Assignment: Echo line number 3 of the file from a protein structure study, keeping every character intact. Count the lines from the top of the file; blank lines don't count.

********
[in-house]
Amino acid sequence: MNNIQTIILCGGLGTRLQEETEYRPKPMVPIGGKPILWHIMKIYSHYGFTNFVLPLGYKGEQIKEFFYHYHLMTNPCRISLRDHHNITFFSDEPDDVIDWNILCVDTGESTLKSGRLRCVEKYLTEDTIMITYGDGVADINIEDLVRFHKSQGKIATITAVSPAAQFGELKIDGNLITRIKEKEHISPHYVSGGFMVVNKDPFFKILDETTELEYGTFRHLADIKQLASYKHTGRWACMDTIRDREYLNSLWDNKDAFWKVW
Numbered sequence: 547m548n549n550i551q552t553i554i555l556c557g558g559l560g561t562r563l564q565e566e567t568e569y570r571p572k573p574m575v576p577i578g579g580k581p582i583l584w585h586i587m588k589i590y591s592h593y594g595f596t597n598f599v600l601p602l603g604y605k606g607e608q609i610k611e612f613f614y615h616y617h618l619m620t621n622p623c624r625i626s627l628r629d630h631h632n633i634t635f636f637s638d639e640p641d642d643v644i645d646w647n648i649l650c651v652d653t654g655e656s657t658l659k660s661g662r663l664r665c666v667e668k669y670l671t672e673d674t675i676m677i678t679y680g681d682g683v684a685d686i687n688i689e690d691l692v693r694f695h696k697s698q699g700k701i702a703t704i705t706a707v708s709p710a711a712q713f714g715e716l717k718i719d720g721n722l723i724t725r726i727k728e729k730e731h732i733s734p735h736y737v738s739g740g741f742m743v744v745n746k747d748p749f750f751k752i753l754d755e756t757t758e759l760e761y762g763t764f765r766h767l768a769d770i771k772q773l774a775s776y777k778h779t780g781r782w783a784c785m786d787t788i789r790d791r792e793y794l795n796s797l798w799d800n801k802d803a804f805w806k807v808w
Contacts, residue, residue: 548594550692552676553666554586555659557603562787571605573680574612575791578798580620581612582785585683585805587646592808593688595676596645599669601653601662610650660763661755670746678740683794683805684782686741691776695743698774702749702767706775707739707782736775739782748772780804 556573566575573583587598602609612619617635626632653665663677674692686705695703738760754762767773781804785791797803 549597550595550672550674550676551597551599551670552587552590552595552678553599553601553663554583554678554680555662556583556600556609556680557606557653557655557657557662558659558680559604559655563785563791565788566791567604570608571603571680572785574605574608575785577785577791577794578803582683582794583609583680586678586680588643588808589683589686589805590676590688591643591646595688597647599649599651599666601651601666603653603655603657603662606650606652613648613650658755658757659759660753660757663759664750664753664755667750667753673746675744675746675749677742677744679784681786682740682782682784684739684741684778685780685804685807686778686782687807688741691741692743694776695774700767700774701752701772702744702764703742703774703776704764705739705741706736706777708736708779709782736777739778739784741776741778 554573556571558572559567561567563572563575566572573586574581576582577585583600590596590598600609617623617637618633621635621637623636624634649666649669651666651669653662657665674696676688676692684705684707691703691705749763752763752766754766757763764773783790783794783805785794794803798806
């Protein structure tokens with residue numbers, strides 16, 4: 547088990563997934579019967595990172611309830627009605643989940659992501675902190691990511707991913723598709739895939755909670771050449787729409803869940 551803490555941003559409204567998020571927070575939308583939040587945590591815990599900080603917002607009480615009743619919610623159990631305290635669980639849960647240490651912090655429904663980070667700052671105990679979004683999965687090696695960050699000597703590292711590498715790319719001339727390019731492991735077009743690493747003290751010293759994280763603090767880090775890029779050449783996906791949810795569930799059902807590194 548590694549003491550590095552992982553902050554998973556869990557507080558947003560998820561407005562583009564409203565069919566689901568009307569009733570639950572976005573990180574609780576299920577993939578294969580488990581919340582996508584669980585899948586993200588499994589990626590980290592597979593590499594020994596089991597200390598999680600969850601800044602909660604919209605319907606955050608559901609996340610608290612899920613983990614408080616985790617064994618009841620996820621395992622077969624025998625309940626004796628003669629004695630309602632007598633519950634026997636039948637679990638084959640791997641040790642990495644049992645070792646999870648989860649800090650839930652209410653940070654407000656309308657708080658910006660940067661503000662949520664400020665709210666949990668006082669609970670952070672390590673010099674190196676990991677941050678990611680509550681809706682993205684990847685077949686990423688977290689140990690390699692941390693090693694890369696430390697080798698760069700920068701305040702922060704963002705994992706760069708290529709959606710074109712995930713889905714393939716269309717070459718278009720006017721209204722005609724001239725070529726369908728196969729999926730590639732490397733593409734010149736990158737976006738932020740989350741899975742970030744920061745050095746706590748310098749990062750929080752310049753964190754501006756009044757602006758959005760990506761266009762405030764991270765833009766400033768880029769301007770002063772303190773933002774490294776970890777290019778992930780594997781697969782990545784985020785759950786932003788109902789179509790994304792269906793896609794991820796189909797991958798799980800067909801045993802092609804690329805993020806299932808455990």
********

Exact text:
Numbered sequence: 547m548n549n550i551q552t553i554i555l556c557g558g559l560g561t562r563l564q565e566e567t568e569y570r571p572k573p574m575v576p577i578g579g580k581p582i583l584w585h586i587m588k589i590y591s592h593y594g595f596t597n598f599v600l601p602l603g604y605k606g607e608q609i610k611e612f613f614y615h616y617h618l619m620t621n622p623c624r625i626s627l628r629d630h631h632n633i634t635f636f637s638d639e640p641d642d643v644i645d646w647n648i649l650c651v652d653t654g655e656s657t658l659k660s661g662r663l664r665c666v667e668k669y670l671t672e673d674t675i676m677i678t679y680g681d682g683v684a685d686i687n688i689e690d691l692v693r694f695h696k697s698q699g700k701i702a703t704i705t706a707v708s709p710a711a712q713f714g715e716l717k718i719d720g721n722l723i724t725r726i727k728e729k730e731h732i733s734p735h736y737v738s739g740g741f742m743v744v745n746k747d748p749f750f751k752i753l754d755e756t757t758e759l760e761y762g763t764f765r766h767l768a769d770i771k772q773l774a775s776y777k778h779t780g781r782w783a784c785m786d787t788i789r790d791r792e793y794l795n796s797l798w799d800n801k802d803a804f805w806k807v808w